In September, contestants were selected based on their enthusiasm during the application process. Pageant co-director Kiria Braden said contestants worked hard for months perfecting their costumes, performances, talents and personal take on the theme.

“Practicing was kind of difficult at first because a lot of them were really scared to be on stage,” Braden said. “But after we got in the groove of everything, we started to really build that confidence for them “


The contest featured five categories: introductions, runway, talent, platform and eveningwear with question and answer. Six competitors took the stage; three female and three male. 

The first round featured a choreographed number performed by the six contestants. There were three Miss “For the Culture” contestants: Nieya Dorsey, Paris Buckner and Hallie House; and three Mr. “For the Culture” contestants: Jaylin Heater, Orion Armstrong and Avery Wells. 

In the second round of competition, contestants modeled outfits that showcased their interpretation of Afrofuturism.

Jaylin Heater wears a goddess-inspired design during the fashion portion of the “For the Culture” pageant in the DSU Auditorium on Friday. (Photo by Gabriel Milby)

The third round of competition allowed contestants to showcase their talents, including singing, dancing, poetry and more. Avery Wells, a senior political science major from Louisville, used poetry and dance to recognize and address the school-to-prison pipeline, particularly affecting Black men in Bowling Green and Kentucky.   

A study conducted by U.S News explains that children who attend schools with high suspension rates are significantly more likely to be arrested and jailed as adults – especially Black and Hispanic boys.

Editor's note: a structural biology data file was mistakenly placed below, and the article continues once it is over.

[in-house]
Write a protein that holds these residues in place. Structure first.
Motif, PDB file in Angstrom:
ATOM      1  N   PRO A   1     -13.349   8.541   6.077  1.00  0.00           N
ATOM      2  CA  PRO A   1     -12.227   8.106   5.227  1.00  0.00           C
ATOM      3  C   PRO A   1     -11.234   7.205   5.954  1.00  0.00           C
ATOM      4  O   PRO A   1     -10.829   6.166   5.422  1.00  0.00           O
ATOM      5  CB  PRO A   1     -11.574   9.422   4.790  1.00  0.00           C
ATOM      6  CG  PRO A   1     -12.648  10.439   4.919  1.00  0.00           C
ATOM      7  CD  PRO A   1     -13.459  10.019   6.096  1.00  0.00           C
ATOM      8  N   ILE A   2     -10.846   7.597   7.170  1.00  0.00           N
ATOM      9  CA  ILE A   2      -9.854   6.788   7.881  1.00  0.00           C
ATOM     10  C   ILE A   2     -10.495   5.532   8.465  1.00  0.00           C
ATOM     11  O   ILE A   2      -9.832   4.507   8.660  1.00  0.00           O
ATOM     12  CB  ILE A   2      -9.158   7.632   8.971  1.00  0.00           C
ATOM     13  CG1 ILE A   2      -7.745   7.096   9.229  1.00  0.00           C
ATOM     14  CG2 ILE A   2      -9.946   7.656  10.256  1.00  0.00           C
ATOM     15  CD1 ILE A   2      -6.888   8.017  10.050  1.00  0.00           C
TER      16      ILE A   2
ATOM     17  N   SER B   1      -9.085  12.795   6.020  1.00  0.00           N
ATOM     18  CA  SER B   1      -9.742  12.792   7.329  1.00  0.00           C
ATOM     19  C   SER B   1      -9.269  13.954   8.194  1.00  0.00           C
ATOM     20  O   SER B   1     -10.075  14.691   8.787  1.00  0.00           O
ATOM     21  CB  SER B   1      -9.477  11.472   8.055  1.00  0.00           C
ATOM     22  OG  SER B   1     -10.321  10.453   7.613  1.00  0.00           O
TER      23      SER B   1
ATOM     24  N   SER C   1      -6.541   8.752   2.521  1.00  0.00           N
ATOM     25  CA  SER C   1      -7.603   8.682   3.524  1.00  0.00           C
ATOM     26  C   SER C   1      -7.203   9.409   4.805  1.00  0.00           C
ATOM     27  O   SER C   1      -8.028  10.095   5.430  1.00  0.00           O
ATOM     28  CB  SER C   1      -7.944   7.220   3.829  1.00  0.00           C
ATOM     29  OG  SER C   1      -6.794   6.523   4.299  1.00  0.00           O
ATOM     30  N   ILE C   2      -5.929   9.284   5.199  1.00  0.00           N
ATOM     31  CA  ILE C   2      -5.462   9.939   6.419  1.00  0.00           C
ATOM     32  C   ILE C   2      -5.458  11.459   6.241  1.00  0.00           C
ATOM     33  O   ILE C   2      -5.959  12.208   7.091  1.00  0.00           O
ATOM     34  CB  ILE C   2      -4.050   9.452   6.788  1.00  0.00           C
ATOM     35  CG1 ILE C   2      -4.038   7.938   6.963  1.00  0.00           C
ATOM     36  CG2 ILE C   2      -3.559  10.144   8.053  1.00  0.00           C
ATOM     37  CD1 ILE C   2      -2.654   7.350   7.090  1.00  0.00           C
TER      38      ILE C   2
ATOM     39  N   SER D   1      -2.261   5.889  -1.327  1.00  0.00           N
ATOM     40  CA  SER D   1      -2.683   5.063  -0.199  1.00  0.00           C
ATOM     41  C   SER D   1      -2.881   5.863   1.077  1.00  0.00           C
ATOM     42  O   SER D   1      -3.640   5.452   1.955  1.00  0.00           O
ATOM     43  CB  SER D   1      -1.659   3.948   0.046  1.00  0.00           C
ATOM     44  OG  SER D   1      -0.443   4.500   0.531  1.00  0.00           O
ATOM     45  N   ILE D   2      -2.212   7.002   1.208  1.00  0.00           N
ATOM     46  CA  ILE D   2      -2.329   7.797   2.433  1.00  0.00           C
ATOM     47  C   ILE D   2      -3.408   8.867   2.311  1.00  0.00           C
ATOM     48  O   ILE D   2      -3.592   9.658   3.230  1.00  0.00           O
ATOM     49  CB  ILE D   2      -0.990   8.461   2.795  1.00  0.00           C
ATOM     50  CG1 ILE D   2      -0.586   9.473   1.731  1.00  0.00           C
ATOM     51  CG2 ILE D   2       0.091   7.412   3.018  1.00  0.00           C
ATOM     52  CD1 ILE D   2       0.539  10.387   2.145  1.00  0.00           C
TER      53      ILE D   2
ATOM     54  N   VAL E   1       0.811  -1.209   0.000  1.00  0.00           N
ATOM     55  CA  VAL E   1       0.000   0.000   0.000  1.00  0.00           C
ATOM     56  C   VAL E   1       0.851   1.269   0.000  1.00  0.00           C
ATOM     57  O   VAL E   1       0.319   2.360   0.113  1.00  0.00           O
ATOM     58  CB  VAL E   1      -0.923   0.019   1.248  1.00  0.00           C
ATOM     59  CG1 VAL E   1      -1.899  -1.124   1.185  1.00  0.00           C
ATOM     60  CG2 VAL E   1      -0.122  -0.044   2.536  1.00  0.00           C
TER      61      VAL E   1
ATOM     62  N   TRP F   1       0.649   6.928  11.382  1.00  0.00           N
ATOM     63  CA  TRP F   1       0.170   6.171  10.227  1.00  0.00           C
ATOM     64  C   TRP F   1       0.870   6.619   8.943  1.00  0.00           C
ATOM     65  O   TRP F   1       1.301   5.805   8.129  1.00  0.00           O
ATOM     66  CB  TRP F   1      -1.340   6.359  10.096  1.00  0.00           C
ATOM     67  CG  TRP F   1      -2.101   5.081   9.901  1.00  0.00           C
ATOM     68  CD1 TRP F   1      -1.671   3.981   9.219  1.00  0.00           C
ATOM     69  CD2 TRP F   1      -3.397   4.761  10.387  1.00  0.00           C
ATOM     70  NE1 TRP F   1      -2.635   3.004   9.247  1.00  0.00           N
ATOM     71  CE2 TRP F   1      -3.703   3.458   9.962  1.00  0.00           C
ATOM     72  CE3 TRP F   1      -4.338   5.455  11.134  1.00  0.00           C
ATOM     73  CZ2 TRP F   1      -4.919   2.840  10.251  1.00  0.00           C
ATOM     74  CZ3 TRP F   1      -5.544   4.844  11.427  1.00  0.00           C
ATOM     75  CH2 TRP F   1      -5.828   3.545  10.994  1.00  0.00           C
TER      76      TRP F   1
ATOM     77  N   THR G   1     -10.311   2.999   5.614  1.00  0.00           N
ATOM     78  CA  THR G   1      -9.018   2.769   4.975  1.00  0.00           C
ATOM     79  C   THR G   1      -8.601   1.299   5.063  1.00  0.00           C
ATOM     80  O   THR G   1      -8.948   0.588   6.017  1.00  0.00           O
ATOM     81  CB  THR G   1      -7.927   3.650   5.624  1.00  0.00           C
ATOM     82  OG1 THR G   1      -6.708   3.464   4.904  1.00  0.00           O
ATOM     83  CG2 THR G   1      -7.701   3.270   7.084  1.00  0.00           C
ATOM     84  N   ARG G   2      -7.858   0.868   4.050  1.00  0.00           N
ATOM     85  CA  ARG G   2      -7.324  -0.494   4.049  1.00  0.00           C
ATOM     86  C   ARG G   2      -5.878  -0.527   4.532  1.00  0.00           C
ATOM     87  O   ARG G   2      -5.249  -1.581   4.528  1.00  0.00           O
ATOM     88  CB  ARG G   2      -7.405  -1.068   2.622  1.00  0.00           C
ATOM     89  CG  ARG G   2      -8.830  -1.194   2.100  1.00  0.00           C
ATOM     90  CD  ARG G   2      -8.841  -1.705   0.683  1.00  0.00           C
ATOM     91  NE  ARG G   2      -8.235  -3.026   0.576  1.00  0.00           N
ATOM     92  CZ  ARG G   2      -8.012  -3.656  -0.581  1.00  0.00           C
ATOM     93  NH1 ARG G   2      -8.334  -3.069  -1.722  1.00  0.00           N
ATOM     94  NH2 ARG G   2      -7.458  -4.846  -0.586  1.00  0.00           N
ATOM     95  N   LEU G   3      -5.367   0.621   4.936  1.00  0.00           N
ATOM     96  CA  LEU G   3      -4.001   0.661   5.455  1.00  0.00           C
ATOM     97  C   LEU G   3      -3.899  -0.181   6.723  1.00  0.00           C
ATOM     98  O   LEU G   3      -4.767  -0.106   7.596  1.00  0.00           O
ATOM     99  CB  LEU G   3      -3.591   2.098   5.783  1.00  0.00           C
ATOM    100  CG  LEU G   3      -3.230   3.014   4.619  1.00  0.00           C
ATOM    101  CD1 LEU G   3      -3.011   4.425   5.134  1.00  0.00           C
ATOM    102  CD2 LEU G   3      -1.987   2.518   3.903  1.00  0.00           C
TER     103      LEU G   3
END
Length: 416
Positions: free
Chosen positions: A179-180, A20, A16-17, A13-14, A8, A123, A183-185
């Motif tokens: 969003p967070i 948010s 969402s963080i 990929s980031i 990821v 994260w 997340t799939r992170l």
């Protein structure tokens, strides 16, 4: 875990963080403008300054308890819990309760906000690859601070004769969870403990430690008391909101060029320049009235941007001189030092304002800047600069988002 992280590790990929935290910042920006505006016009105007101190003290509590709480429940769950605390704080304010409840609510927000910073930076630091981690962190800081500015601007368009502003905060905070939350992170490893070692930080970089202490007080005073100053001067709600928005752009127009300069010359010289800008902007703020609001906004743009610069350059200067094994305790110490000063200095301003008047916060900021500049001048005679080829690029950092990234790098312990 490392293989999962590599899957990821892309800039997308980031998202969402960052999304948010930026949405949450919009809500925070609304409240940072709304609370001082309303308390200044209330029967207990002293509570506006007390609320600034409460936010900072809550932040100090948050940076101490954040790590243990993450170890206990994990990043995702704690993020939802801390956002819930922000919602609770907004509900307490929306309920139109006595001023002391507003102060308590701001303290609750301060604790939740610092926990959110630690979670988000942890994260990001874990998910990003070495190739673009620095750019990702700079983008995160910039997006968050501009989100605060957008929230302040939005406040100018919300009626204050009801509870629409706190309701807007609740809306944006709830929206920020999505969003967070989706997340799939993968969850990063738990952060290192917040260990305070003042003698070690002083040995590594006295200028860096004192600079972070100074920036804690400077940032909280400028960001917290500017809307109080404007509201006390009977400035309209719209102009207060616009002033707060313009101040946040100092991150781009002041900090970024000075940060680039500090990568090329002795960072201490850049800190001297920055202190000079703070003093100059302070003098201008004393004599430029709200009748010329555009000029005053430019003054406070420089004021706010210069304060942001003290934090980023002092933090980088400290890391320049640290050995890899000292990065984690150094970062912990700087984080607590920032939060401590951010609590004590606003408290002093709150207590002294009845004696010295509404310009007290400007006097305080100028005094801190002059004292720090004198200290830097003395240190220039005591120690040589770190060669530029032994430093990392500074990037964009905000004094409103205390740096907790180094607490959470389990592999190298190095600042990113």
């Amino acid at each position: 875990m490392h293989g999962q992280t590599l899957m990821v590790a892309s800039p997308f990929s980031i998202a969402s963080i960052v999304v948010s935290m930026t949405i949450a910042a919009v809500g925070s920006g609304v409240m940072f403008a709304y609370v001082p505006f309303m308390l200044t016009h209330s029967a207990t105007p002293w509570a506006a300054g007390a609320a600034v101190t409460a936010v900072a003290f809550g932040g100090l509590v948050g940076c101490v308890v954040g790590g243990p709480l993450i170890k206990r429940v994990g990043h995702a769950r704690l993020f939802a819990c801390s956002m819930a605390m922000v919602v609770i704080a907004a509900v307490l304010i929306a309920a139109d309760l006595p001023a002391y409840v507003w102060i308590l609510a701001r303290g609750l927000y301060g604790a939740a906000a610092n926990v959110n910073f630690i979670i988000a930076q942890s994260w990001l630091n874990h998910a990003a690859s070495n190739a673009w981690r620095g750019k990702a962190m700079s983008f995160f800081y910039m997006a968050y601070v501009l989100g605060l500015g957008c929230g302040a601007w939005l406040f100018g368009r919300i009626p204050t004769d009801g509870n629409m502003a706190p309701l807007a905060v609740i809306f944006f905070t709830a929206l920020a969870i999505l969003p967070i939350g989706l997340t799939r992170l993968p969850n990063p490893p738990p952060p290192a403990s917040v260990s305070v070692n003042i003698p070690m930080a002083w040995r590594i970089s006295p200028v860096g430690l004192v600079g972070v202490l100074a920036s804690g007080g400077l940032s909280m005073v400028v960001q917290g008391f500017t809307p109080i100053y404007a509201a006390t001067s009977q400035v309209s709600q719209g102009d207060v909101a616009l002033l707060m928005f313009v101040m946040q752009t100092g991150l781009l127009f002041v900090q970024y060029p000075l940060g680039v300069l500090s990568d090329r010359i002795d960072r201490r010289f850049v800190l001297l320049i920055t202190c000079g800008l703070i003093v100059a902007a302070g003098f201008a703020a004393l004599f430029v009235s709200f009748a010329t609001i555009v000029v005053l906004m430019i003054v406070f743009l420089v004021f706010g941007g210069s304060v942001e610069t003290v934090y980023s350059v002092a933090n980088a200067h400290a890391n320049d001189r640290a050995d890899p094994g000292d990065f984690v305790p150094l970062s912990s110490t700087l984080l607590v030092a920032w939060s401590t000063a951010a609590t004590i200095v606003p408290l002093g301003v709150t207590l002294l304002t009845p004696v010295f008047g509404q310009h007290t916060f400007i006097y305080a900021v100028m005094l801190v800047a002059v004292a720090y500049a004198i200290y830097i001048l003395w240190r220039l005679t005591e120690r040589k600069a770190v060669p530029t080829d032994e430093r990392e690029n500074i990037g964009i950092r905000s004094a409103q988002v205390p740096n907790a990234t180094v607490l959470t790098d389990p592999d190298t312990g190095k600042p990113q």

“My talent was something very special to me and something that I feel like tells the story of a lot of (my) people,” Wells said. “I was kind of nervous about it because it is a relatively new piece to me, so to be able to execute that in front of so many people made me feel really special. I’m just grateful for the opportunity.” 

Avery Wells, a senior political science major, president of WKU’s Phi Beta Sigma chapter and member of Why Knot Us Black Male Initiative performs a creative piece including the songs “Oh Freedom” (author unknown) and “Goodbye Song (from Harriet)” by Terence Blanchard and Cynthia Erivo. Wells won with a campaign focused on advocacy for Black and Hispanic boys. “Education is our passport to the future, for tomorrow belongs to those who prepare for it today,” Wells said. (Photo by Marlowe Hanel)

The next round of competition required critical thinking from each participant. Contestants were instructed to select social justice issues and explain their importance through pre-recorded videos. Contestants selected a wide range of topics, including dog cruelty and diversity in music education.